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Assessment of a noninvasive exhaled breath test for the diagnosis of oesophagogastric cancer

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Title: Assessment of a noninvasive exhaled breath test for the diagnosis of oesophagogastric cancer
Authors: Markar, S
Wiggins, T
Antonowicz, S
Chin, S-T
Romano, A
Nikolic, K
Evans, B
Cunningham, D
Mughal, M
Lagergren, J
Hanna, G
Item Type: Journal Article
Abstract: Importance Early esophagogastric cancer (OGC) stage presents with nonspecific symptoms. Objective The aim of this study was to determine the accuracy of a breath test for the diagnosis of OGC in a multicenter validation study. Design, Setting, and Participants Patient recruitment for this diagnostic validation study was conducted at 3 London hospital sites, with breath samples returned to a central laboratory for selected ion flow tube mass spectrometry (SIFT-MS) analysis. Based on a 1:1 cancer:control ratio, and maintaining a sensitivity and specificity of 80%, the sample size required was 325 patients. All patients with cancer were on a curative treatment pathway, and patients were recruited consecutively. Among the 335 patients included; 172 were in the control group and 163 had OGC. Interventions Breath samples were collected using secure 500-mL steel breath bags and analyzed by SIFT-MS. Quality assurance measures included sampling room air, training all researchers in breath sampling, regular instrument calibration, and unambiguous volatile organic compounds (VOCs) identification by gas chromatography mass spectrometry. Main Outcomes and Measures The risk of cancer was identified based on a previously generated 5-VOCs model and compared with histopathology-proven diagnosis. Results Patients in the OGC group were older (median [IQR] age 68 [60-75] vs 55 [41-69] years) and had a greater proportion of men (134 [82.2%]) vs women (81 [47.4%]) compared with the control group. Of the 163 patients with OGC, 123 (69%) had tumor stage T3/4, and 106 (65%) had nodal metastasis on clinical staging. The predictive probabilities generated by this 5-VOCs diagnostic model were used to generate a receiver operator characteristic curve, with good diagnostic accuracy, area under the curve of 0.85. This translated to a sensitivity of 80% and specificity of 81% for the diagnosis of OGC. Conclusions and Relevance This study shows the potential of breath analysis in noninvasive diagnosis of OGC in the clinical setting. The next step is to establish the diagnostic accuracy of the test among the intended population in primary care where the test will be applied. Introduction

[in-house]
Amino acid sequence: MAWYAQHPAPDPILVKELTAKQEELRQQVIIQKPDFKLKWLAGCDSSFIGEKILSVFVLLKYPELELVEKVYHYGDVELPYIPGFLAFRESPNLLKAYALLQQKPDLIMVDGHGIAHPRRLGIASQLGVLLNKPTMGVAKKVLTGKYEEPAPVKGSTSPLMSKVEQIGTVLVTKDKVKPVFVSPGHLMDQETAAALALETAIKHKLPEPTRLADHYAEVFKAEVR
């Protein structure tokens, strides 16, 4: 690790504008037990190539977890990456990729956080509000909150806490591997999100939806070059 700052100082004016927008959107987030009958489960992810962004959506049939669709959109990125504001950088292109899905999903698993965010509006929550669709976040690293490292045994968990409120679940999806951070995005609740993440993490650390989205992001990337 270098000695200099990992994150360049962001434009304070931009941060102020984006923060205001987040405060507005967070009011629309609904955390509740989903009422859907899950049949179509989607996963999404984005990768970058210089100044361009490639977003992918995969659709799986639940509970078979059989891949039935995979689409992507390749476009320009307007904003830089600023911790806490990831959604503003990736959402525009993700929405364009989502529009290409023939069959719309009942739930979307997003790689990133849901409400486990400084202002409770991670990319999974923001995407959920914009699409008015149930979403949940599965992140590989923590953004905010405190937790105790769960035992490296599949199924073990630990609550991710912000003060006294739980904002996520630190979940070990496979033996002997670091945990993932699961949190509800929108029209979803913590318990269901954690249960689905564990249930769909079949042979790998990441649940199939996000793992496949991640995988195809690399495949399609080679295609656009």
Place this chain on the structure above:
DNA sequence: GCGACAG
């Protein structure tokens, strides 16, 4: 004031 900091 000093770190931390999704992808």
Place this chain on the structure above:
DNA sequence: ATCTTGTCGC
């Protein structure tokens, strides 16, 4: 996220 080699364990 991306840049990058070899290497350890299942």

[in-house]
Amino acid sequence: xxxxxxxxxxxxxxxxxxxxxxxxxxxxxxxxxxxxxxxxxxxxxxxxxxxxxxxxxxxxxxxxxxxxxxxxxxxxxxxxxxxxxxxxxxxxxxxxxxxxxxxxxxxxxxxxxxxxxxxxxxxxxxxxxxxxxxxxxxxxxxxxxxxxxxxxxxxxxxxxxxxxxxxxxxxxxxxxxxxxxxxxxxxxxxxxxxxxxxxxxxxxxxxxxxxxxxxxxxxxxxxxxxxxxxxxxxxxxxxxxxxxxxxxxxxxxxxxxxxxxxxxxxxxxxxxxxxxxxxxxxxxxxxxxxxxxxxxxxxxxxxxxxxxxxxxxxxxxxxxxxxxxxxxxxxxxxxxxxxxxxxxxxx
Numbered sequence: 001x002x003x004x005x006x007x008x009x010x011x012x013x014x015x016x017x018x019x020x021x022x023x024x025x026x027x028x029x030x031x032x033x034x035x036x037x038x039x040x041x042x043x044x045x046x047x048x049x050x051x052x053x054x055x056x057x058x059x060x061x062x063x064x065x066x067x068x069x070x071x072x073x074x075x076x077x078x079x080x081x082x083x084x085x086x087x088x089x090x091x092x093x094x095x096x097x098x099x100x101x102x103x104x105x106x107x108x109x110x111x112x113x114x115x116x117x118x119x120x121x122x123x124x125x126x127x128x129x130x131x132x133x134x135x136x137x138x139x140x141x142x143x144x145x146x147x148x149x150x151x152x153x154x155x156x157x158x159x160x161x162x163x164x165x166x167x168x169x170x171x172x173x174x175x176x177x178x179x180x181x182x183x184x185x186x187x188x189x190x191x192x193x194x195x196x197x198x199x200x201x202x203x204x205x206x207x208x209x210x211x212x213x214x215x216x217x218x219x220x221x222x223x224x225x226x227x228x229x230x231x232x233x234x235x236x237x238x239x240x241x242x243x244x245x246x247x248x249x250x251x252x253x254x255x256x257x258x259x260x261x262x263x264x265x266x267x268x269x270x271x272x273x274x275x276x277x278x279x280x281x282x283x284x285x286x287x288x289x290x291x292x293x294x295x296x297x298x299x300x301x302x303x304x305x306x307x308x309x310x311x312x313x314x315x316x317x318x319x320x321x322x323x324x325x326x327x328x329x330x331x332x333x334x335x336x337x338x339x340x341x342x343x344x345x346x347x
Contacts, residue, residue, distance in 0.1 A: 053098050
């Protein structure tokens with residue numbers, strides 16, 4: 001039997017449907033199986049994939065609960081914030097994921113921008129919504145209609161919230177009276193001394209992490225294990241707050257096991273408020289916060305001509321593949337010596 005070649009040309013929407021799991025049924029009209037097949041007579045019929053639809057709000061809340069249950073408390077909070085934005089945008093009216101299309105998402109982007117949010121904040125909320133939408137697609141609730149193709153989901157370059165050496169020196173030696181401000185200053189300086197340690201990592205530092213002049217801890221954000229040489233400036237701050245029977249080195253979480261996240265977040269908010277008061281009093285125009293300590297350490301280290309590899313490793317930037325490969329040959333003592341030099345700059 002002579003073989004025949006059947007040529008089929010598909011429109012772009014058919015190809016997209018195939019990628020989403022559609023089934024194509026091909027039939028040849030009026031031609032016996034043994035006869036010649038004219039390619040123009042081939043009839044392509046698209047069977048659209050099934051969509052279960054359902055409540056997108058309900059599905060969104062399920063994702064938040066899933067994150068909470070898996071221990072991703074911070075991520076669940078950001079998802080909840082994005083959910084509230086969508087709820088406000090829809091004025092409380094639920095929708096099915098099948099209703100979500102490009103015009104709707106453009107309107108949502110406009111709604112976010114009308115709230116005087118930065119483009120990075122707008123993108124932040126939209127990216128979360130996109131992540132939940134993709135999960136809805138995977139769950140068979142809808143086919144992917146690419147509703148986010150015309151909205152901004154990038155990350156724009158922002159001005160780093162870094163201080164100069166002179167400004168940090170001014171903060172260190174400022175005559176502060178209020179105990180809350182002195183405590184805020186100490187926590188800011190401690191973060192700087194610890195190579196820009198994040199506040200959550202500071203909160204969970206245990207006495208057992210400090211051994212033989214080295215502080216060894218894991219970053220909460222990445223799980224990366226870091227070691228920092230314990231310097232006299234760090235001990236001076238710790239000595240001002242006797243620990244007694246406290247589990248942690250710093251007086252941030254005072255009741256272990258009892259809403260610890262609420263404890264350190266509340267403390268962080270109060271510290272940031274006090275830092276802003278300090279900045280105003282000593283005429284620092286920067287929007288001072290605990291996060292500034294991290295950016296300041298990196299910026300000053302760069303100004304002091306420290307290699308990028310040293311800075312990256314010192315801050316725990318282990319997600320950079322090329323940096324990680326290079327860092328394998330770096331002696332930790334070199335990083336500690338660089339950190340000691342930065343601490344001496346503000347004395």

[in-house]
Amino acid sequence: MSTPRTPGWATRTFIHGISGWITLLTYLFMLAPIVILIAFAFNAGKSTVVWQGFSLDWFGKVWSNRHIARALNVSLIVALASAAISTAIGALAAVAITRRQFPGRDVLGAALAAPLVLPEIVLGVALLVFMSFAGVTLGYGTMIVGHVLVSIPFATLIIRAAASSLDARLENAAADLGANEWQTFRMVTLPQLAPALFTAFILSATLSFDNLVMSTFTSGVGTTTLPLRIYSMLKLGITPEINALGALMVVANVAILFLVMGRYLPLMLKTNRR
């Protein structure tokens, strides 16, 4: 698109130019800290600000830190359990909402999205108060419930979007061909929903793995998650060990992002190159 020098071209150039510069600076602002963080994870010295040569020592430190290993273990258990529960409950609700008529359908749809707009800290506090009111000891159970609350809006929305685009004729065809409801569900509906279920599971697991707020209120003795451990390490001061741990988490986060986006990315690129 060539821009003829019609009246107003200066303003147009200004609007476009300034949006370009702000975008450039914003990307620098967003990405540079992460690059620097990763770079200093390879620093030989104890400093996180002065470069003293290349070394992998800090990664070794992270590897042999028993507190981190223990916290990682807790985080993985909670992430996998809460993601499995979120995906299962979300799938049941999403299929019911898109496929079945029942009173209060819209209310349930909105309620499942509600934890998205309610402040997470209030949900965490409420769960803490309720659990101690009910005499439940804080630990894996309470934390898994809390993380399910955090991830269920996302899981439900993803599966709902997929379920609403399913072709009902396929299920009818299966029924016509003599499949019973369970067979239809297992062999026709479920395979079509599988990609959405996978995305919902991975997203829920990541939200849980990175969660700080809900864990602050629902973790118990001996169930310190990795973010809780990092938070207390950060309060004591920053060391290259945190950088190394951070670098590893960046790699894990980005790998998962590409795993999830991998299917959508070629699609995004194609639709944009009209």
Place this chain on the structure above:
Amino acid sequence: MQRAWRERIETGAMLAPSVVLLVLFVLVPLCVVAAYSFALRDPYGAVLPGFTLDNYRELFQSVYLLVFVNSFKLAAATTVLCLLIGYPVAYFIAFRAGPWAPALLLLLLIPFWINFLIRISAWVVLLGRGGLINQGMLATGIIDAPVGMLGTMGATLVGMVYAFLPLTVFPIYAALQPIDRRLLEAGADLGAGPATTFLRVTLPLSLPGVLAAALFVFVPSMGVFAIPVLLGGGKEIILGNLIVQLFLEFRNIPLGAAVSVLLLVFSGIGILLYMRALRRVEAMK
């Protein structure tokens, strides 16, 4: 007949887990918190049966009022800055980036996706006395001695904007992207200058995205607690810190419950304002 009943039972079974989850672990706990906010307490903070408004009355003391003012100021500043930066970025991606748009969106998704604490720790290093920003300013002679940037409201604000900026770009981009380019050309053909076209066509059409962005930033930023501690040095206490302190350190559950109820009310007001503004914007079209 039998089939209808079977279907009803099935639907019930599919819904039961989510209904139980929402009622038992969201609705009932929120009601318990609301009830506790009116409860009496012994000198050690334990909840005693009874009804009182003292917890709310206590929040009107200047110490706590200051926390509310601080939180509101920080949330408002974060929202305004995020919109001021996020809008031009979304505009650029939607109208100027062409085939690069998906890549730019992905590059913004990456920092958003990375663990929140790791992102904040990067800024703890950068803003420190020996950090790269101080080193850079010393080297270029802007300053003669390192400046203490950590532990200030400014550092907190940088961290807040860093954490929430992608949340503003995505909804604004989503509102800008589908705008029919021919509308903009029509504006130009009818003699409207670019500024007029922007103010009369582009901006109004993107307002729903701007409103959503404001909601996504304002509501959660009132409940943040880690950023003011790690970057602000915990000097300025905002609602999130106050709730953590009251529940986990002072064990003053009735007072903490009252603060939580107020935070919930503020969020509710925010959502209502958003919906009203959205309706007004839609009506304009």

Issue Date: 17-May-2018
Date of Acceptance: 16-Feb-2018
URI: http://hdl.handle.net/10044/1/61303
DOI: https://dx.doi.org/10.1001/jamaoncol.2018.0991
ISSN: 2374-2445
Publisher: American Medical Association
Start Page: 970
End Page: 976
Journal / Book Title: JAMA Oncology
Volume: 4
Issue: 7
Copyright Statement: This is an open access article distributed under the terms of the CC-BY License. © 2018 Markar SR et al. JAMA Oncology. (https://jamanetwork.com/journals/jamaoncology/pages/instructions-for-authors#SecOpenAccess)
Sponsor/Funder: Biotechnology and Biological Sciences Research Council (BBSRC)
Imperial College Healthcare Charity
Biotechnology and Biological Sciences Research Cou
Engineering & Physical Science Research Council (EPSRC)
European Research Council
Funder's Grant Number: BB/L018268/1
141514
4020012831
EP/N002474/1
319818
Publication Status: Published
Open Access location: https://jamanetwork.com/journals/jamaoncology/fullarticle/2681564?utm_campaign=articlePDF&utm_medium=articlePDFlink&utm_source=articlePDF&utm_content=jamaoncol.2018.0991
Appears in Collections:Division of Surgery
Electrical and Electronic Engineering
Faculty of Medicine



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